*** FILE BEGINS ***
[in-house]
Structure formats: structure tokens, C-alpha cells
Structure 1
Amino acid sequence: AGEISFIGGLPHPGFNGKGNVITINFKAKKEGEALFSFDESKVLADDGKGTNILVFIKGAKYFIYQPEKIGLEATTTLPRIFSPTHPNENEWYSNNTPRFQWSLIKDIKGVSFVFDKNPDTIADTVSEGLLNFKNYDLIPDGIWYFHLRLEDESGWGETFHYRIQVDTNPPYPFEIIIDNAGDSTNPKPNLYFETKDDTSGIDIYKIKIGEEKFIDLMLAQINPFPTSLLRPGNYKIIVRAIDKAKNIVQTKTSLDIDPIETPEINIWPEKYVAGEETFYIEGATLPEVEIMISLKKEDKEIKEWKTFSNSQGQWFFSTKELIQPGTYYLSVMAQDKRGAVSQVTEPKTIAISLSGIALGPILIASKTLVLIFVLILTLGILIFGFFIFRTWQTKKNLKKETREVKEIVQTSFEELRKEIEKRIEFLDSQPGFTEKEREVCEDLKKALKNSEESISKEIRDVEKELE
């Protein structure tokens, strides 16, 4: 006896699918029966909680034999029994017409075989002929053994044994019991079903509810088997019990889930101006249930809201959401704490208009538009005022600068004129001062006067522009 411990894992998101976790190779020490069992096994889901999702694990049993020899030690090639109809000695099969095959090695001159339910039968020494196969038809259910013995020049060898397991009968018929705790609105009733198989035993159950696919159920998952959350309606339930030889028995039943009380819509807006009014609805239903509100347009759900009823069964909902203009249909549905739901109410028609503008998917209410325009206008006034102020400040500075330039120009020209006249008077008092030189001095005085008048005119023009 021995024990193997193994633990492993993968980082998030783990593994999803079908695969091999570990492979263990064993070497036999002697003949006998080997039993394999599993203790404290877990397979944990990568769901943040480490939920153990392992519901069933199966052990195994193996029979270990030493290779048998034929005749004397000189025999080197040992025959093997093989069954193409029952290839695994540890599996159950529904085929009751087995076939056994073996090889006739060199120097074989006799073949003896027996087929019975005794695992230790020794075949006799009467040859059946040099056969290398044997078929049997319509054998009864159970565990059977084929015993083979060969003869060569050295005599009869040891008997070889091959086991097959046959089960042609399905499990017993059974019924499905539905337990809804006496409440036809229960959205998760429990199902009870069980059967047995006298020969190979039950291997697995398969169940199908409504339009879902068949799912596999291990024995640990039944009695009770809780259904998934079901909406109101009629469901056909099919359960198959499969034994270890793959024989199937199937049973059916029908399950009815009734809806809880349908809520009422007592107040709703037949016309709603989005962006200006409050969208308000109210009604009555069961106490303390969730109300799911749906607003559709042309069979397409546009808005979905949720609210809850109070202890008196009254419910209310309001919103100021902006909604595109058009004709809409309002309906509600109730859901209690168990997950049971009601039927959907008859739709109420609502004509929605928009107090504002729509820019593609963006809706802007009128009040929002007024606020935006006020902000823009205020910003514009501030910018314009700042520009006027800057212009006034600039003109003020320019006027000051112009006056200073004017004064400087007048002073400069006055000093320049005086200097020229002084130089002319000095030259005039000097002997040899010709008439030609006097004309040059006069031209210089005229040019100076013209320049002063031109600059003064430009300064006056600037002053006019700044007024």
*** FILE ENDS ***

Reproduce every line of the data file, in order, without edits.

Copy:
[in-house]
Structure formats: structure tokens, C-alpha cells
Structure 1
Amino acid sequence: AGEISFIGGLPHPGFNGKGNVITINFKAKKEGEALFSFDESKVLADDGKGTNILVFIKGAKYFIYQPEKIGLEATTTLPRIFSPTHPNENEWYSNNTPRFQWSLIKDIKGVSFVFDKNPDTIADTVSEGLLNFKNYDLIPDGIWYFHLRLEDESGWGETFHYRIQVDTNPPYPFEIIIDNAGDSTNPKPNLYFETKDDTSGIDIYKIKIGEEKFIDLMLAQINPFPTSLLRPGNYKIIVRAIDKAKNIVQTKTSLDIDPIETPEINIWPEKYVAGEETFYIEGATLPEVEIMISLKKEDKEIKEWKTFSNSQGQWFFSTKELIQPGTYYLSVMAQDKRGAVSQVTEPKTIAISLSGIALGPILIASKTLVLIFVLILTLGILIFGFFIFRTWQTKKNLKKETREVKEIVQTSFEELRKEIEKRIEFLDSQPGFTEKEREVCEDLKKALKNSEESISKEIRDVEKELE
């Protein structure tokens, strides 16, 4: 006896699918029966909680034999029994017409075989002929053994044994019991079903509810088997019990889930101006249930809201959401704490208009538009005022600068004129001062006067522009 411990894992998101976790190779020490069992096994889901999702694990049993020899030690090639109809000695099969095959090695001159339910039968020494196969038809259910013995020049060898397991009968018929705790609105009733198989035993159950696919159920998952959350309606339930030889028995039943009380819509807006009014609805239903509100347009759900009823069964909902203009249909549905739901109410028609503008998917209410325009206008006034102020400040500075330039120009020209006249008077008092030189001095005085008048005119023009 021995024990193997193994633990492993993968980082998030783990593994999803079908695969091999570990492979263990064993070497036999002697003949006998080997039993394999599993203790404290877990397979944990990568769901943040480490939920153990392992519901069933199966052990195994193996029979270990030493290779048998034929005749004397000189025999080197040992025959093997093989069954193409029952290839695994540890599996159950529904085929009751087995076939056994073996090889006739060199120097074989006799073949003896027996087929019975005794695992230790020794075949006799009467040859059946040099056969290398044997078929049997319509054998009864159970565990059977084929015993083979060969003869060569050295005599009869040891008997070889091959086991097959046959089960042609399905499990017993059974019924499905539905337990809804006496409440036809229960959205998760429990199902009870069980059967047995006298020969190979039950291997697995398969169940199908409504339009879902068949799912596999291990024995640990039944009695009770809780259904998934079901909406109101009629469901056909099919359960198959499969034994270890793959024989199937199937049973059916029908399950009815009734809806809880349908809520009422007592107040709703037949016309709603989005962006200006409050969208308000109210009604009555069961106490303390969730109300799911749906607003559709042309069979397409546009808005979905949720609210809850109070202890008196009254419910209310309001919103100021902006909604595109058009004709809409309002309906509600109730859901209690168990997950049971009601039927959907008859739709109420609502004509929605928009107090504002729509820019593609963006809706802007009128009040929002007024606020935006006020902000823009205020910003514009501030910018314009700042520009006027800057212009006034600039003109003020320019006027000051112009006056200073004017004064400087007048002073400069006055000093320049005086200097020229002084130089002319000095030259005039000097002997040899010709008439030609006097004309040059006069031209210089005229040019100076013209320049002063031109600059003064430009300064006056600037002053006019700044007024």